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Self-regulation for iGaming proposed by Indian government

Posted: Jan 03, 2023 14:46 Category: Asia , Regulatory , Responsible Gaming , Posted by Neil

India wants its $2 billion online gaming industry to grow in a self-regulated way.

New draft rules ban betting or gambling on the outcomes of online games, iGaming Consultant Jaydeep Chakravartty explains.

iGaming consultant Jaydeep Chakravartty.

The Ministry of Electronics and IT has issued a notice saying online gaming companies must register with a self-regulatory authority to prevent such practice.

The draft rules contain a provision for a self-regulatory framework and player verification.

“Self-regulatory bodies will be registered with the Ministry and may register online games of such online gaming intermediaries who are its members, and which meet certain criteria.”

“Such bodies will also resolve complaints through a grievance redressal mechanism,” the notice said.

Online gaming platforms are expected to comply with national laws.

“The draft amendments are aimed at addressing this need while enabling the growth of the online gaming industry in a responsible manner,” the ministry said.

Requirements

Online gaming intermediaries are expected to follow the rules’ due diligence requirements.

This includes “reasonable efforts to cause its users not to host, display, upload, publish, transmit or share an online game that is not in line with Indian law, including any law on gambling or betting.”

Online gaming companies should place a registration mark on all online games licensed by a self-regulatory body.

They must also inform users about their withdrawal or refund policies, the method of distributing winnings, fees and other costs, and the KYC procedure for user account registration.

“Self-regulatory bodies will be registered with the Ministry and may register online games of such online gaming intermediaries who are its members and which meet certain criteria.”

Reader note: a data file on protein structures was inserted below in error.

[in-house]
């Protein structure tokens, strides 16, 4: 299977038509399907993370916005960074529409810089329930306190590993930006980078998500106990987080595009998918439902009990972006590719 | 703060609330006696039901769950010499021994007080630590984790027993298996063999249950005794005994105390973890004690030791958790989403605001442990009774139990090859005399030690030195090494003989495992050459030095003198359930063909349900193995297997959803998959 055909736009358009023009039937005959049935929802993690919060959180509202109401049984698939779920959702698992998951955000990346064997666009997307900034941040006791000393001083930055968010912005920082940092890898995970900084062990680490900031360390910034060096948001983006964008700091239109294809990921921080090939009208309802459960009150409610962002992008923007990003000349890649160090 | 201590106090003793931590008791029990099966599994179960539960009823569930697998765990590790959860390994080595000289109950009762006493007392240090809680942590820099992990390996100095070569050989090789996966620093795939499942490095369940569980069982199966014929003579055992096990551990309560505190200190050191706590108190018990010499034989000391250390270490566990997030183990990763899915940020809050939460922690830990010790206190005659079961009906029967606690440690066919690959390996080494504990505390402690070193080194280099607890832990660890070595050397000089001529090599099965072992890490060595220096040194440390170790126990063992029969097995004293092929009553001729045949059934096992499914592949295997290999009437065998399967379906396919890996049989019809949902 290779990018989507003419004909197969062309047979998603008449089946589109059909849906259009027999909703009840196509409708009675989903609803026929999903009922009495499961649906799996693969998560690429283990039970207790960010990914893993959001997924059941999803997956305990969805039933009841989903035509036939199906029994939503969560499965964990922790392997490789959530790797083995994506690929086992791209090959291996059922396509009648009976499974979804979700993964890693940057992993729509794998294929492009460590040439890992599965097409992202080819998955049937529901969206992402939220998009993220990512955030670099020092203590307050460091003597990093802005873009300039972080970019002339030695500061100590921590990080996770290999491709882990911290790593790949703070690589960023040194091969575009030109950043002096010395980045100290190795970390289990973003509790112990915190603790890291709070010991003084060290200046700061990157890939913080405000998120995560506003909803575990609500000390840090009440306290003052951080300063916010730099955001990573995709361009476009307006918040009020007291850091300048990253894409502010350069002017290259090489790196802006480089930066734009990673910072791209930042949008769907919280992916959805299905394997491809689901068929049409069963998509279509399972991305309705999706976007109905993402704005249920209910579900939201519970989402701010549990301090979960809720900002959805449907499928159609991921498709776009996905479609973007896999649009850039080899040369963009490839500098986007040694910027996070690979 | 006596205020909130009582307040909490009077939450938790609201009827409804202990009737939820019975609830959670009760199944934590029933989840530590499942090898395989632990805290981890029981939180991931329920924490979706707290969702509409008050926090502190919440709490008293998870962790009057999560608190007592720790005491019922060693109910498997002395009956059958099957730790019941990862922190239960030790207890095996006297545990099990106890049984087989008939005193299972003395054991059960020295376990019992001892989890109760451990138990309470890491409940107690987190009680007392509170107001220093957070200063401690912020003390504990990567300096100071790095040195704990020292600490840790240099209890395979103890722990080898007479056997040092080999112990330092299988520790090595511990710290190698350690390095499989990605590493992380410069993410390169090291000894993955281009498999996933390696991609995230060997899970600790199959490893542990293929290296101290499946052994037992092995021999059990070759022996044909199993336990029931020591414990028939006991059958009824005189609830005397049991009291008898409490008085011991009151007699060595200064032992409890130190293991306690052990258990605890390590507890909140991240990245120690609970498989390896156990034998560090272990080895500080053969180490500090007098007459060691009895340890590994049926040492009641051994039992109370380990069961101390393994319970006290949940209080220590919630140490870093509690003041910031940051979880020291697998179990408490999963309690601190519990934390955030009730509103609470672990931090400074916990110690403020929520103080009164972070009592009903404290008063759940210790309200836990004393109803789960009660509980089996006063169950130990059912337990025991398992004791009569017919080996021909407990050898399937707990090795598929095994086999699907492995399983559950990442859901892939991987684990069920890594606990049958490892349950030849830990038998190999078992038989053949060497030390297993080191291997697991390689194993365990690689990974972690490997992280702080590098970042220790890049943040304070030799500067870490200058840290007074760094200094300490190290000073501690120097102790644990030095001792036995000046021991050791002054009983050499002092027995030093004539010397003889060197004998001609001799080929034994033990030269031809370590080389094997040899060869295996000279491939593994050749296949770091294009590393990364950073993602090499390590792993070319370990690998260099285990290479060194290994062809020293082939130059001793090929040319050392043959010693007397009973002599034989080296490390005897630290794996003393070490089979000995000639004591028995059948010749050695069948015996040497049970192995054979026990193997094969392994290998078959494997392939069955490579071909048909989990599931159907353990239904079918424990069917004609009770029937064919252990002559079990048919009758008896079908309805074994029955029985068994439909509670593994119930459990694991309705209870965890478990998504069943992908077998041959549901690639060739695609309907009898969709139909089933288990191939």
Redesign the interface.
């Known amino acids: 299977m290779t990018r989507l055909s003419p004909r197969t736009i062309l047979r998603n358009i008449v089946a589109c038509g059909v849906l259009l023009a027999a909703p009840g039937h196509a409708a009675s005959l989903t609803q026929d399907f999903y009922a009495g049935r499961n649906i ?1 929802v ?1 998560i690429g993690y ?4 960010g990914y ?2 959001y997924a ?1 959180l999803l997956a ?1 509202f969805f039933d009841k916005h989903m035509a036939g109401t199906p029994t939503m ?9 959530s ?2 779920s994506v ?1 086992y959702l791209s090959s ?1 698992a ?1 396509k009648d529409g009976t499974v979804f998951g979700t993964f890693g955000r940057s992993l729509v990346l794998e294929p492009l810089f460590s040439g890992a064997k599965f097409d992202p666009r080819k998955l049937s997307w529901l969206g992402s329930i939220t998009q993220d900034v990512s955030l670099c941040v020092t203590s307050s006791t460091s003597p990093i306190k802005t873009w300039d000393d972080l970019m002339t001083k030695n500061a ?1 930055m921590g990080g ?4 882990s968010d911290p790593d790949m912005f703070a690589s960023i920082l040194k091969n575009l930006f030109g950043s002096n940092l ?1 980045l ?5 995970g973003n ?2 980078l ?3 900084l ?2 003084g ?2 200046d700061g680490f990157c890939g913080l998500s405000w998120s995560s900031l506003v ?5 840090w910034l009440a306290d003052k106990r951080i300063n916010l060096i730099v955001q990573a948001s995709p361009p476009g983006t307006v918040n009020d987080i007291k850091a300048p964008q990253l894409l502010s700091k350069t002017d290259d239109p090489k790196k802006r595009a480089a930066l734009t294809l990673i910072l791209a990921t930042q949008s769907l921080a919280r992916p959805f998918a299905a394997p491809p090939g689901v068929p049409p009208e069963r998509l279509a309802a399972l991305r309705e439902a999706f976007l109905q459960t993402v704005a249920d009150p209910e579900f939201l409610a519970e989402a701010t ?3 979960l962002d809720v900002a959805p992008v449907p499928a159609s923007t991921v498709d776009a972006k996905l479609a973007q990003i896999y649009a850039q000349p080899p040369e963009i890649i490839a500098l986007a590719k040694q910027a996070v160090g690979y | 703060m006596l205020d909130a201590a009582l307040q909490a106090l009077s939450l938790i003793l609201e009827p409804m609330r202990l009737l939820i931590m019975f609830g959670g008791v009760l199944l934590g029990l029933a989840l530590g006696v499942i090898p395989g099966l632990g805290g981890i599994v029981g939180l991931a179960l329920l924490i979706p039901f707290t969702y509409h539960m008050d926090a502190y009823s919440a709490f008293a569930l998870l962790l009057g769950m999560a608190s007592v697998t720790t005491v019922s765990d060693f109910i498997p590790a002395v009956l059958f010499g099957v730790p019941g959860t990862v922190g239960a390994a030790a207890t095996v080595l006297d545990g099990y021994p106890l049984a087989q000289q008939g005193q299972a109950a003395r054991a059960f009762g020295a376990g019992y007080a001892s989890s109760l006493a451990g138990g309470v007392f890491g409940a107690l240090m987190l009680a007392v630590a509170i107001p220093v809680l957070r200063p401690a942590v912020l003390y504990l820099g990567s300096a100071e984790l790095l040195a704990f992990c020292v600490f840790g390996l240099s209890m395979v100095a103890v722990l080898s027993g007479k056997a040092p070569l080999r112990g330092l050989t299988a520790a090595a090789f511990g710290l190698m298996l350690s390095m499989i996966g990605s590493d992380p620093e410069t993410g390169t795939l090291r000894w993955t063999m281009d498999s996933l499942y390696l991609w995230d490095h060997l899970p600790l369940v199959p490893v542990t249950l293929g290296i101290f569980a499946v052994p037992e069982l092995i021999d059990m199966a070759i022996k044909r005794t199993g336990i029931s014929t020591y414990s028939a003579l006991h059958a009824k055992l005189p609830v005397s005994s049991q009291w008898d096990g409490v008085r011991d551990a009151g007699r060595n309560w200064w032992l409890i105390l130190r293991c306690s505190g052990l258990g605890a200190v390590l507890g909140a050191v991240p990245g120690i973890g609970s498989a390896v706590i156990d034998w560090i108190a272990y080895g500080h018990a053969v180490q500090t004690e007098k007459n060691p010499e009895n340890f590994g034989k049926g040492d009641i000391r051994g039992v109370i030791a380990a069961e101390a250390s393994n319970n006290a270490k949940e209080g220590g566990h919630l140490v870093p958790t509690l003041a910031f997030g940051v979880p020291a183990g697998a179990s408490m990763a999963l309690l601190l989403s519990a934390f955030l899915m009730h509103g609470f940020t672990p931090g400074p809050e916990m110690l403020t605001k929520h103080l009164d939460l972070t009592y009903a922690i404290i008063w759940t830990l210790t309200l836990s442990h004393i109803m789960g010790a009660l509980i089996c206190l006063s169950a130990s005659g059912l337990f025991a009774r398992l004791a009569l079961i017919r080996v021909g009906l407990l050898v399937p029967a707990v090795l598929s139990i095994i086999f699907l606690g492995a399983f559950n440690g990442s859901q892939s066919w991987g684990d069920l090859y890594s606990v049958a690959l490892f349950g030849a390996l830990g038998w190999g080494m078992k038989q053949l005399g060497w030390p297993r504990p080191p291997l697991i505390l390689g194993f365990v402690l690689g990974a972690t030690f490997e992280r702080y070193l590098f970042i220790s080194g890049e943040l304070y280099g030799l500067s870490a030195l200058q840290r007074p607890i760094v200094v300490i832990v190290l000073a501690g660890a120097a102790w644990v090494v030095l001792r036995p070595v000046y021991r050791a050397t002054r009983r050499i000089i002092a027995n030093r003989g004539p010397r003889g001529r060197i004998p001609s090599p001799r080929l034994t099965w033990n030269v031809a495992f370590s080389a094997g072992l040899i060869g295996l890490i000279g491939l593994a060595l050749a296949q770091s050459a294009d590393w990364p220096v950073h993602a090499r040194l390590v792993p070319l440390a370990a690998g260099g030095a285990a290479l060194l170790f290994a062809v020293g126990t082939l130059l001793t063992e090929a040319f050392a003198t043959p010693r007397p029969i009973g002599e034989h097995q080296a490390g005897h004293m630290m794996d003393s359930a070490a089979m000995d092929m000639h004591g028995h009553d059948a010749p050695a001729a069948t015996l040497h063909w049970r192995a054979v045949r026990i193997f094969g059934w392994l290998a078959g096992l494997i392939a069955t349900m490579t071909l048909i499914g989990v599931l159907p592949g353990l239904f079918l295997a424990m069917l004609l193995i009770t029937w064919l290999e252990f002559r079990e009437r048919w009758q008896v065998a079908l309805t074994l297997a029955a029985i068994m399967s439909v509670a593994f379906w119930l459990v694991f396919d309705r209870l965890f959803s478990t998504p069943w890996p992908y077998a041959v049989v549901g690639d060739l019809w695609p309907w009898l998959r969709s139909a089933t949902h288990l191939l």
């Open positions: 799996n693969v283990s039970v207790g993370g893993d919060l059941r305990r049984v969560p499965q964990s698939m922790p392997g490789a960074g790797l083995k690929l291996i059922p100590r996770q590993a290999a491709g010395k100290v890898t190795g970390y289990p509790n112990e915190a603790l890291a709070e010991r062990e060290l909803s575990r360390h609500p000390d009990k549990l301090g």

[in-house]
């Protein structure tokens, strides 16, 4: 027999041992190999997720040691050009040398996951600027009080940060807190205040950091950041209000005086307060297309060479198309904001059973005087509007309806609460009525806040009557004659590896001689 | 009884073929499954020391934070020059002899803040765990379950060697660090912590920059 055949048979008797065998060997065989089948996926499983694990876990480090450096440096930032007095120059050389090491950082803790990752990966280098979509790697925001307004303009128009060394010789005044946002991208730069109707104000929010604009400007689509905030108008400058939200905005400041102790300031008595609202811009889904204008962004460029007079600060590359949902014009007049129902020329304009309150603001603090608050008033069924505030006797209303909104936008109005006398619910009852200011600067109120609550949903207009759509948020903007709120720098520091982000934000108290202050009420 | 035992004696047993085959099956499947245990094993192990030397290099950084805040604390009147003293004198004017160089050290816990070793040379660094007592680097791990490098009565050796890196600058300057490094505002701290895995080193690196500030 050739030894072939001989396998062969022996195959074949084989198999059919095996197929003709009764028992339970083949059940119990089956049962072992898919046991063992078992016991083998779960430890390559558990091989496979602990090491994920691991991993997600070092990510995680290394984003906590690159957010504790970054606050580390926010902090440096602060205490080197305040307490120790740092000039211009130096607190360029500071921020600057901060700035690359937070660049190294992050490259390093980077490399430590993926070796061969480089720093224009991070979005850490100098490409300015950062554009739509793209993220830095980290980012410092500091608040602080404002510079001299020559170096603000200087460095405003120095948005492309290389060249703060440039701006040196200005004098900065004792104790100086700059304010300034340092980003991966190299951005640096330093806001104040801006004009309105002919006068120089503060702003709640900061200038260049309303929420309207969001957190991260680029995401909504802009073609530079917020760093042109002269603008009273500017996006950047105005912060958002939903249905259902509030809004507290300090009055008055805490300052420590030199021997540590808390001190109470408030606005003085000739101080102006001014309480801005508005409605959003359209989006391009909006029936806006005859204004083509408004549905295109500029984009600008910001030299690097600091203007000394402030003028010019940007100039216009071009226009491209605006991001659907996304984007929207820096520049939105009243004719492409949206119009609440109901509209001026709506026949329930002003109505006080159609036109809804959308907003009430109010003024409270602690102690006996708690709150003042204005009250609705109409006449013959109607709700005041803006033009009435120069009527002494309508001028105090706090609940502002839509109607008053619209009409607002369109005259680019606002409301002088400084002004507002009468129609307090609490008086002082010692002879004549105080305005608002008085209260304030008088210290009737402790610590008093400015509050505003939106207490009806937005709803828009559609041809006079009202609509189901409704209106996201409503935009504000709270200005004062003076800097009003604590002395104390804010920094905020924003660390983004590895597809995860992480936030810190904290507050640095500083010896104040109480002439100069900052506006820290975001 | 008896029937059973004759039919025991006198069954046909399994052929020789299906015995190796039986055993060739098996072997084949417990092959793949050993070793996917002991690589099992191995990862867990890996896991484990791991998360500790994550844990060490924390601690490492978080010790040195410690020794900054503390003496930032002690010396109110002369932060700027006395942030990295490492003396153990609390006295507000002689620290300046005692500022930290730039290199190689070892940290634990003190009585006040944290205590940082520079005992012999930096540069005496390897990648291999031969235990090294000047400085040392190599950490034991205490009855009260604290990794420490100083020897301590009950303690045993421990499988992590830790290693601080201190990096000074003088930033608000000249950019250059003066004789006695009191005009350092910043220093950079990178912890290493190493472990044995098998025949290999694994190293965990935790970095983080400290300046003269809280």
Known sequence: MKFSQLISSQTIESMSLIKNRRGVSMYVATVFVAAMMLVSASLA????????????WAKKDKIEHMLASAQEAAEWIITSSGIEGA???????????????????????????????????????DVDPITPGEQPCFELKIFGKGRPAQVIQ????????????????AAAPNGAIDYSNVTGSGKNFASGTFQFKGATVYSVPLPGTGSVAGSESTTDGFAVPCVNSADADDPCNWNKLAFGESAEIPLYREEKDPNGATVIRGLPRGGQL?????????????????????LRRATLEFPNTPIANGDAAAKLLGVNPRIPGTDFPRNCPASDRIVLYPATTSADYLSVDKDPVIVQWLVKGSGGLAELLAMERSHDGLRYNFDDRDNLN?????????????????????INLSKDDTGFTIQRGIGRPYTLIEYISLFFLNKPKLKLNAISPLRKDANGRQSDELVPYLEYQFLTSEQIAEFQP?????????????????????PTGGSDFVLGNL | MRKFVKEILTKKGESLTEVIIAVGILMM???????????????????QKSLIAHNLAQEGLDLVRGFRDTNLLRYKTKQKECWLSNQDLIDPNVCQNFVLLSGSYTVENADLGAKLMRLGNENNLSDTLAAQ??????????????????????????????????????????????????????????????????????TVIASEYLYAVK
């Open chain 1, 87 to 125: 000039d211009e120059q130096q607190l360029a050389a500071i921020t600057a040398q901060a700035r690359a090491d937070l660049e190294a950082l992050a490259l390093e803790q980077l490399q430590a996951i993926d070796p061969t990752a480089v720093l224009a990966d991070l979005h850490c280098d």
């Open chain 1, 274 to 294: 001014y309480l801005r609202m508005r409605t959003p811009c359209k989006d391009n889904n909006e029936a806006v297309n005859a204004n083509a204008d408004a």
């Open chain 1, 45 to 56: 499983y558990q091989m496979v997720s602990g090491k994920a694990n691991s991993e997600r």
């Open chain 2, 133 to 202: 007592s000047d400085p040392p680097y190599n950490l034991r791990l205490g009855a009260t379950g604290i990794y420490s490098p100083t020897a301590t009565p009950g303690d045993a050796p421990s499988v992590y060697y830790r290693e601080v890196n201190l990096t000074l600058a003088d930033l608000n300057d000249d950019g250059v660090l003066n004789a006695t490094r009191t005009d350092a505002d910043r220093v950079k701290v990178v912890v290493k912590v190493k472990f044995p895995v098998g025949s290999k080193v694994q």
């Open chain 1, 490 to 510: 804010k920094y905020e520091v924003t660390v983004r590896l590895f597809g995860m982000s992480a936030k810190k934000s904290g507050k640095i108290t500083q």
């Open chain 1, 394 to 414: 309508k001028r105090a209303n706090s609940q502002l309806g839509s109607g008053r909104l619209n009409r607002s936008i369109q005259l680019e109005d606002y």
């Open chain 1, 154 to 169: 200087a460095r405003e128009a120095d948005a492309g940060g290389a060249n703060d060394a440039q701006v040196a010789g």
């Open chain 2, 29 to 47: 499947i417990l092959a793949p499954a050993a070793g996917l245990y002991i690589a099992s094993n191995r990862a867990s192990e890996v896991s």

“Such bodies will also resolve complaints through a grievance redressal mechanism,” the notice said.

Self-regulation draft to be finalised by February

The public can send comments on the draft rules by 17th February.

Online gaming intermediaries will be permitted, but not if they go into betting.

“Our intent is to restrict intermediaries from advertising without permission,” federal minister Rajeev Chandrashekhar said.

The rules for online gaming are expected to be finalised by early February, he added.

The regulations are intended to promote the prudent expansion of the online gaming industry.

The government’s role is to ensure the safe and trusted functioning of the internet where online gaming intermediaries do not allow wagering on the outcome of games, Chandrashekhar said.

The federal government will impose a 28% Goods and Services Tax (GST) on the total amount. This as opposed to the current 18% on the online gaming industry’s Gross Gaming Revenue (GGR).

The 28% is a service charge fee to facilitate players’ participation in the game.

E-sports and main line sports have recently received recognition from the government.

Chandrasekhar had told Parliament that, with more Indians coming online, the potential of them being exposed to online gaming platforms with harmful information has also increased.

Industry to reach $5 billion by 2025

This is a strong signal that the government wants to encourage the $2 billion online gaming industry to grow in a regulated and orderly fashion.

The industry is expected to reach $5 billion in 2025.

The self-regulatory authority would provide a reliable and timely grievance redressal process.

It will also register online gaming intermediaries and promote responsible gaming through age verification.

There will also be a strict KYC process, and precautions against addiction and financial distress.

The move will support responsible gaming while assisting the government in promoting a regulated and sustainable business.

The regulations will go a long way toward ensuring the consumer’s interest and promoting the industry’s responsible and open growth.

Transparent and strict self-regulations will also help minimise the threat posed by anti-national and illegal offshore gambling platforms.

The draft regulations were welcomed by Roland Landers, CEO of the All India Gaming Federation.

“We are grateful to the government for acknowledging the long-standing need of the gamers and the online gaming industry.”

“We believe this is a great first step for comprehensive regulation for online gaming,” he said.

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